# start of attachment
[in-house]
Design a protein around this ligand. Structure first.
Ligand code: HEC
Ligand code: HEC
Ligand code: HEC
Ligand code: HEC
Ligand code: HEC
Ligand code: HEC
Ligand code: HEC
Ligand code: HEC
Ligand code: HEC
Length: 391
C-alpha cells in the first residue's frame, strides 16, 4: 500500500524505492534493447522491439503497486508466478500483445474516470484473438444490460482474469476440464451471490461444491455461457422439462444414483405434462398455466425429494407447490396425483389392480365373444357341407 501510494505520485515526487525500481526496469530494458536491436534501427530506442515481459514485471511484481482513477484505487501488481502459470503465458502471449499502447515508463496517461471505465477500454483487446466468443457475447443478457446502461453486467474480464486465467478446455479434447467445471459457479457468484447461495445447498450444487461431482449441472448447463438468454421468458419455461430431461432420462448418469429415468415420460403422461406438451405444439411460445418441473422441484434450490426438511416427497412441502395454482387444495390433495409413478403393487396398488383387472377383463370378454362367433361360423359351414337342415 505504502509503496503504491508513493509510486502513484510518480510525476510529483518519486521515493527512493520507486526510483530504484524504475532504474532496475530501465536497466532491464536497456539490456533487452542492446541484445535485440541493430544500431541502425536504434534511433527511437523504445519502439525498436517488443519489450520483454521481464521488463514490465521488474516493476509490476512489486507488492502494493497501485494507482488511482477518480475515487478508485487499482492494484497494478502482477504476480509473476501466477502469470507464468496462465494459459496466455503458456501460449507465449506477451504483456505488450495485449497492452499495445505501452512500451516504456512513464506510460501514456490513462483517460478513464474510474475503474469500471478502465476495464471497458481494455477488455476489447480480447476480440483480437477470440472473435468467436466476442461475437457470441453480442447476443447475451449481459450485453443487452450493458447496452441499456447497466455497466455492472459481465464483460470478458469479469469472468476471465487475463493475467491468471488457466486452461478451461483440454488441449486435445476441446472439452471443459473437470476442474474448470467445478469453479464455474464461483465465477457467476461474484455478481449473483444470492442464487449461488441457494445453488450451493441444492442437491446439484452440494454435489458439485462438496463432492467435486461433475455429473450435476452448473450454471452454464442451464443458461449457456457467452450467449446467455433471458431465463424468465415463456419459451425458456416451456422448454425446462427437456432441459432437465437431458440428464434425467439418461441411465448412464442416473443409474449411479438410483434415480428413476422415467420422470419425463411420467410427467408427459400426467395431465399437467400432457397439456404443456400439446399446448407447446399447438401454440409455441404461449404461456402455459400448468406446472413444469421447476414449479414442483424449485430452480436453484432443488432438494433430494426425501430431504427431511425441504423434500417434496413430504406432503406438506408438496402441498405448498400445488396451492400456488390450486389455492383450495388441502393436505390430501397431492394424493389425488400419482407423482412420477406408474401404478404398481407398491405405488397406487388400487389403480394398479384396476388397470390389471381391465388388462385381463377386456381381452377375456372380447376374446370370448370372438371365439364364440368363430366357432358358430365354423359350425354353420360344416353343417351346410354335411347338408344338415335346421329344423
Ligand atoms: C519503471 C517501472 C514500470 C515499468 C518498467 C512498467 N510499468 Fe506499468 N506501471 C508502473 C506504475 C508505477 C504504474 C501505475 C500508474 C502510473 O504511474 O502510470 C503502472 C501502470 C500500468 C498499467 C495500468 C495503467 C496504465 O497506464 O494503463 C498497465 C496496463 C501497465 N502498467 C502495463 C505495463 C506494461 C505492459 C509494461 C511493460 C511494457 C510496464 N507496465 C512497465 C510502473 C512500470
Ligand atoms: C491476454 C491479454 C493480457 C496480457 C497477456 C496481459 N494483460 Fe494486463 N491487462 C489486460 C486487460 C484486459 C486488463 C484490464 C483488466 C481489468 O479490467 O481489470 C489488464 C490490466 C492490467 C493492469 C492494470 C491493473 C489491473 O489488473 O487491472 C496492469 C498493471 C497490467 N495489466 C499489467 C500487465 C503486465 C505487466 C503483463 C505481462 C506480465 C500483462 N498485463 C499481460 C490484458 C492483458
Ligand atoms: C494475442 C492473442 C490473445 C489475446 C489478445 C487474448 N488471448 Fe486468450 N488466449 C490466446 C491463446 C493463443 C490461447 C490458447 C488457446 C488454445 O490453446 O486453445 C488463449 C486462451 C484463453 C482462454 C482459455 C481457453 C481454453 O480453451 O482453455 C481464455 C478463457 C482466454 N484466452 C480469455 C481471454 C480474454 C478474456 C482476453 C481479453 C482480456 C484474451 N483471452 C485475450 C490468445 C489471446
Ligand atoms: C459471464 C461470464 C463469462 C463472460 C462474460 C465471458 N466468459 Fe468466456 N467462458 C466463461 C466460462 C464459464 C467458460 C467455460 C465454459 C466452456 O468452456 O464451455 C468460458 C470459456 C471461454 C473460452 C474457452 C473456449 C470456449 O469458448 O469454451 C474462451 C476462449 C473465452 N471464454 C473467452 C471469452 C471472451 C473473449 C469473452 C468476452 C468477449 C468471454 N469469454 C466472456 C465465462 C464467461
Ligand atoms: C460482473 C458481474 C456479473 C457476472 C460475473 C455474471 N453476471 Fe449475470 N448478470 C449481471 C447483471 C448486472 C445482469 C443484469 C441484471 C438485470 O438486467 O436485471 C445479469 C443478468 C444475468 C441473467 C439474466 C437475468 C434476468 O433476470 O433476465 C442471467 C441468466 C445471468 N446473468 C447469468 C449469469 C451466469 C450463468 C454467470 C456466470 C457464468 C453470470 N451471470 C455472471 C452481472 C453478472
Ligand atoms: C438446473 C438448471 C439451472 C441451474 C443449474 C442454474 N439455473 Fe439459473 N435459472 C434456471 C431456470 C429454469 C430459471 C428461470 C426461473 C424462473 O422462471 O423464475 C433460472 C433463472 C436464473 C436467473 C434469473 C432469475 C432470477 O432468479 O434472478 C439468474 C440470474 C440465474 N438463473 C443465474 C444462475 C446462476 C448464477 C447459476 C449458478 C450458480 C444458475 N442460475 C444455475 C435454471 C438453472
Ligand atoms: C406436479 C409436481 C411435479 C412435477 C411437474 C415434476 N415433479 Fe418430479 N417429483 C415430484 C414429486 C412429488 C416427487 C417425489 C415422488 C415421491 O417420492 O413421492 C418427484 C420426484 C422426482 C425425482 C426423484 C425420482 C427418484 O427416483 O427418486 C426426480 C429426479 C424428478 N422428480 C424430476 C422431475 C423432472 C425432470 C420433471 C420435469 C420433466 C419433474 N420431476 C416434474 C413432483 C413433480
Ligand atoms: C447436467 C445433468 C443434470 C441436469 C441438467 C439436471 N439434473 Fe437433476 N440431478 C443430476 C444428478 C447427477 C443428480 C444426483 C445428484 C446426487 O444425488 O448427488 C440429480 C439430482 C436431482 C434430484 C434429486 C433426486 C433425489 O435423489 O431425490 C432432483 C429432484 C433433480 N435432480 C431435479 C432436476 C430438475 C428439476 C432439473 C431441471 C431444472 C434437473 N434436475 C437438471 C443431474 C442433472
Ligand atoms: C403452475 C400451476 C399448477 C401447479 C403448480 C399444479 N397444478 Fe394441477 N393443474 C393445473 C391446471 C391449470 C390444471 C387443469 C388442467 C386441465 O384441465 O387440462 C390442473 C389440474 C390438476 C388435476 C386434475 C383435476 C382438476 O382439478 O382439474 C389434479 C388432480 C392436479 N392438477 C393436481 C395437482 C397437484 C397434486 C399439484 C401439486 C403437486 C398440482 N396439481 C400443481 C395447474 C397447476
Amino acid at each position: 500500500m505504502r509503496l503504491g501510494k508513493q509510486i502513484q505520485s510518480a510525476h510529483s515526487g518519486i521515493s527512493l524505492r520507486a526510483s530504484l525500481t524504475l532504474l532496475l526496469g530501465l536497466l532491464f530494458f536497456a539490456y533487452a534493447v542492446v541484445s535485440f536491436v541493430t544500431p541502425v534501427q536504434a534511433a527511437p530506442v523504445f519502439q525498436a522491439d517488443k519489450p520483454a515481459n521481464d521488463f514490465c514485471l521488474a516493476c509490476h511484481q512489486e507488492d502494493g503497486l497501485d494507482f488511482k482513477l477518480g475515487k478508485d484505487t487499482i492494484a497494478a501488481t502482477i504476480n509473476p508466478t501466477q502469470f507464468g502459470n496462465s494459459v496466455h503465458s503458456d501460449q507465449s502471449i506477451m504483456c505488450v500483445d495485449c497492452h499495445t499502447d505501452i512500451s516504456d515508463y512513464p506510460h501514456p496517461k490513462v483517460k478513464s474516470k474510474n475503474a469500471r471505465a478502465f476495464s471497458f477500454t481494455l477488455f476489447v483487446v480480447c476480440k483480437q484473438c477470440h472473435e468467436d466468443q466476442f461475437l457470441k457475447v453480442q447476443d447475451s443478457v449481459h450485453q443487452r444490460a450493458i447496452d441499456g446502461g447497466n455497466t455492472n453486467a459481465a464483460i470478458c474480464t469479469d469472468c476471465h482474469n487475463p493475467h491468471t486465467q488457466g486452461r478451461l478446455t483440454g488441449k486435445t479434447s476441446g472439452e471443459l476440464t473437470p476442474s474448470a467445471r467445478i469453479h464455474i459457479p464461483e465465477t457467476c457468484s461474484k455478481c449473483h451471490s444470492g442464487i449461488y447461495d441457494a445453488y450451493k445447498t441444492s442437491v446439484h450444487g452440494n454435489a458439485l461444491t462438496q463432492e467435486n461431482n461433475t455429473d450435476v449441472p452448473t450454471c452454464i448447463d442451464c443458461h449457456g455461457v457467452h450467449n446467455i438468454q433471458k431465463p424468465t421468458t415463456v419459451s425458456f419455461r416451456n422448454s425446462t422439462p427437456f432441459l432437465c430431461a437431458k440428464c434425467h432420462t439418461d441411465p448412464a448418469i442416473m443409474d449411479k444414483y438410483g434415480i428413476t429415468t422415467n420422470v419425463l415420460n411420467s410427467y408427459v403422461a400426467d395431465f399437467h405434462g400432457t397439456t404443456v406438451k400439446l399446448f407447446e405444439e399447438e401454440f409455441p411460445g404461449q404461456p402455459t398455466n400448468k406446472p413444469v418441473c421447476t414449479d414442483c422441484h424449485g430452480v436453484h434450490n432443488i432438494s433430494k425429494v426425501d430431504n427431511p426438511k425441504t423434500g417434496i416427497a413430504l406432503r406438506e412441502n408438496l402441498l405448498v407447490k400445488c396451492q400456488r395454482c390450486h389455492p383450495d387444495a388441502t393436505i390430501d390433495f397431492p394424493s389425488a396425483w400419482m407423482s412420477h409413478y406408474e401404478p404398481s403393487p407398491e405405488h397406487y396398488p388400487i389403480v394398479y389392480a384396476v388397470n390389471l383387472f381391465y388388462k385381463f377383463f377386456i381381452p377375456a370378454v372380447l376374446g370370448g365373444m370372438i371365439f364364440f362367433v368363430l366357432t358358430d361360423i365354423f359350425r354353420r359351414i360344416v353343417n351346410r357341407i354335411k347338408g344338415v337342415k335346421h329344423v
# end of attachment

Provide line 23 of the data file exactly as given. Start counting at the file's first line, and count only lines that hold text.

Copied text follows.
Amino acid at each position: 500500500m505504502r509503496l503504491g501510494k508513493q509510486i502513484q505520485s510518480a510525476h510529483s515526487g518519486i521515493s527512493l524505492r520507486a526510483s530504484l525500481t524504475l532504474l532496475l526496469g530501465l536497466l532491464f530494458f536497456a539490456y533487452a534493447v542492446v541484445s535485440f536491436v541493430t544500431p541502425v534501427q536504434a534511433a527511437p530506442v523504445f519502439q525498436a522491439d517488443k519489450p520483454a515481459n521481464d521488463f514490465c514485471l521488474a516493476c509490476h511484481q512489486e507488492d502494493g503497486l497501485d494507482f488511482k482513477l477518480g475515487k478508485d484505487t487499482i492494484a497494478a501488481t502482477i504476480n509473476p508466478t501466477q502469470f507464468g502459470n496462465s494459459v496466455h503465458s503458456d501460449q507465449s502471449i506477451m504483456c505488450v500483445d495485449c497492452h499495445t499502447d505501452i512500451s516504456d515508463y512513464p506510460h501514456p496517461k490513462v483517460k478513464s474516470k474510474n475503474a469500471r471505465a478502465f476495464s471497458f477500454t481494455l477488455f476489447v483487446v480480447c476480440k483480437q484473438c477470440h472473435e468467436d466468443q466476442f461475437l457470441k457475447v453480442q447476443d447475451s443478457v449481459h450485453q443487452r444490460a450493458i447496452d441499456g446502461g447497466n455497466t455492472n453486467a459481465a464483460i470478458c474480464t469479469d469472468c476471465h482474469n487475463p493475467h491468471t486465467q488457466g486452461r478451461l478446455t483440454g488441449k486435445t479434447s476441446g472439452e471443459l476440464t473437470p476442474s474448470a467445471r467445478i469453479h464455474i459457479p464461483e465465477t457467476c457468484s461474484k455478481c449473483h451471490s444470492g442464487i449461488y447461495d441457494a445453488y450451493k445447498t441444492s442437491v446439484h450444487g452440494n454435489a458439485l461444491t462438496q463432492e467435486n461431482n461433475t455429473d450435476v449441472p452448473t450454471c452454464i448447463d442451464c443458461h449457456g455461457v457467452h450467449n446467455i438468454q433471458k431465463p424468465t421468458t415463456v419459451s425458456f419455461r416451456n422448454s425446462t422439462p427437456f432441459l432437465c430431461a437431458k440428464c434425467h432420462t439418461d441411465p448412464a448418469i442416473m443409474d449411479k444414483y438410483g434415480i428413476t429415468t422415467n420422470v419425463l415420460n411420467s410427467y408427459v403422461a400426467d395431465f399437467h405434462g400432457t397439456t404443456v406438451k400439446l399446448f407447446e405444439e399447438e401454440f409455441p411460445g404461449q404461456p402455459t398455466n400448468k406446472p413444469v418441473c421447476t414449479d414442483c422441484h424449485g430452480v436453484h434450490n432443488i432438494s433430494k425429494v426425501d430431504n427431511p426438511k425441504t423434500g417434496i416427497a413430504l406432503r406438506e412441502n408438496l402441498l405448498v407447490k400445488c396451492q400456488r395454482c390450486h389455492p383450495d387444495a388441502t393436505i390430501d390433495f397431492p394424493s389425488a396425483w400419482m407423482s412420477h409413478y406408474e401404478p404398481s403393487p407398491e405405488h397406487y396398488p388400487i389403480v394398479y389392480a384396476v388397470n390389471l383387472f381391465y388388462k385381463f377383463f377386456i381381452p377375456a370378454v372380447l376374446g370370448g365373444m370372438i371365439f364364440f362367433v368363430l366357432t358358430d361360423i365354423f359350425r354353420r359351414i360344416v353343417n351346410r357341407i354335411k347338408g344338415v337342415k335346421h329344423v